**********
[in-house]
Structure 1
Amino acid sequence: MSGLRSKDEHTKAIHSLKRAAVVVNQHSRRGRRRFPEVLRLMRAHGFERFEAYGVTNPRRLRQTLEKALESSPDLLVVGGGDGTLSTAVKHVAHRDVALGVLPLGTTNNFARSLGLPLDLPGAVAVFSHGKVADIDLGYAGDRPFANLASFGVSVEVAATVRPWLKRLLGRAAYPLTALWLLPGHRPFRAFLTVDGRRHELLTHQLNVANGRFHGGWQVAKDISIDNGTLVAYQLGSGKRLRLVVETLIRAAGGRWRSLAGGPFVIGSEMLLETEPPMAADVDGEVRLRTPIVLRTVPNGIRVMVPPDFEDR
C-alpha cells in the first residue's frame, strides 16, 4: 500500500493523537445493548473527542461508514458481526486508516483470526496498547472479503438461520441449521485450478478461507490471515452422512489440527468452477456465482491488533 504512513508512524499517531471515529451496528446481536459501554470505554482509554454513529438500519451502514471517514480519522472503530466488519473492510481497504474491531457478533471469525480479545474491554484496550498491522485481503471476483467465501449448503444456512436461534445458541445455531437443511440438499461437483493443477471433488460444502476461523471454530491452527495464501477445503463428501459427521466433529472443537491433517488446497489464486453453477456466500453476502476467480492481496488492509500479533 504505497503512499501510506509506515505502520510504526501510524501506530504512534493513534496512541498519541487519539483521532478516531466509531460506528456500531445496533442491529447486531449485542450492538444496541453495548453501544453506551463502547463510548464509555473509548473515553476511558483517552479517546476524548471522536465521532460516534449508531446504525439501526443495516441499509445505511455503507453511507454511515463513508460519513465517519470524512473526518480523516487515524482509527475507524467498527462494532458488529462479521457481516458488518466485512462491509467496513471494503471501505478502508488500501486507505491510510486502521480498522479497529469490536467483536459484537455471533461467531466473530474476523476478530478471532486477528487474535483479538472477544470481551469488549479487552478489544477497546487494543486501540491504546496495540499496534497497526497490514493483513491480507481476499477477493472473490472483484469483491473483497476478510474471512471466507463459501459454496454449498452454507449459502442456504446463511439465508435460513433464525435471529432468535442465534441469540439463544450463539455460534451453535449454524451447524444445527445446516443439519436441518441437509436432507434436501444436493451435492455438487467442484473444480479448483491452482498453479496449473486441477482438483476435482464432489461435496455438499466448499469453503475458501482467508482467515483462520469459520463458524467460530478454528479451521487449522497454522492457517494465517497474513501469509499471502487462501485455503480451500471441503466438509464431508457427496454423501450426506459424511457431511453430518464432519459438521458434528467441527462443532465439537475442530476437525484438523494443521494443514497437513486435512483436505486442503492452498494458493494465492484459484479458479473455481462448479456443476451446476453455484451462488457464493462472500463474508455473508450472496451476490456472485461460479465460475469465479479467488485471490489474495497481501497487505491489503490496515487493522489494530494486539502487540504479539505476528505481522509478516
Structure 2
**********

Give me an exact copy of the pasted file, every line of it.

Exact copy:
[in-house]
Structure 1
Amino acid sequence: MSGLRSKDEHTKAIHSLKRAAVVVNQHSRRGRRRFPEVLRLMRAHGFERFEAYGVTNPRRLRQTLEKALESSPDLLVVGGGDGTLSTAVKHVAHRDVALGVLPLGTTNNFARSLGLPLDLPGAVAVFSHGKVADIDLGYAGDRPFANLASFGVSVEVAATVRPWLKRLLGRAAYPLTALWLLPGHRPFRAFLTVDGRRHELLTHQLNVANGRFHGGWQVAKDISIDNGTLVAYQLGSGKRLRLVVETLIRAAGGRWRSLAGGPFVIGSEMLLETEPPMAADVDGEVRLRTPIVLRTVPNGIRVMVPPDFEDR
C-alpha cells in the first residue's frame, strides 16, 4: 500500500493523537445493548473527542461508514458481526486508516483470526496498547472479503438461520441449521485450478478461507490471515452422512489440527468452477456465482491488533 504512513508512524499517531471515529451496528446481536459501554470505554482509554454513529438500519451502514471517514480519522472503530466488519473492510481497504474491531457478533471469525480479545474491554484496550498491522485481503471476483467465501449448503444456512436461534445458541445455531437443511440438499461437483493443477471433488460444502476461523471454530491452527495464501477445503463428501459427521466433529472443537491433517488446497489464486453453477456466500453476502476467480492481496488492509500479533 504505497503512499501510506509506515505502520510504526501510524501506530504512534493513534496512541498519541487519539483521532478516531466509531460506528456500531445496533442491529447486531449485542450492538444496541453495548453501544453506551463502547463510548464509555473509548473515553476511558483517552479517546476524548471522536465521532460516534449508531446504525439501526443495516441499509445505511455503507453511507454511515463513508460519513465517519470524512473526518480523516487515524482509527475507524467498527462494532458488529462479521457481516458488518466485512462491509467496513471494503471501505478502508488500501486507505491510510486502521480498522479497529469490536467483536459484537455471533461467531466473530474476523476478530478471532486477528487474535483479538472477544470481551469488549479487552478489544477497546487494543486501540491504546496495540499496534497497526497490514493483513491480507481476499477477493472473490472483484469483491473483497476478510474471512471466507463459501459454496454449498452454507449459502442456504446463511439465508435460513433464525435471529432468535442465534441469540439463544450463539455460534451453535449454524451447524444445527445446516443439519436441518441437509436432507434436501444436493451435492455438487467442484473444480479448483491452482498453479496449473486441477482438483476435482464432489461435496455438499466448499469453503475458501482467508482467515483462520469459520463458524467460530478454528479451521487449522497454522492457517494465517497474513501469509499471502487462501485455503480451500471441503466438509464431508457427496454423501450426506459424511457431511453430518464432519459438521458434528467441527462443532465439537475442530476437525484438523494443521494443514497437513486435512483436505486442503492452498494458493494465492484459484479458479473455481462448479456443476451446476453455484451462488457464493462472500463474508455473508450472496451476490456472485461460479465460475469465479479467488485471490489474495497481501497487505491489503490496515487493522489494530494486539502487540504479539505476528505481522509478516
Structure 2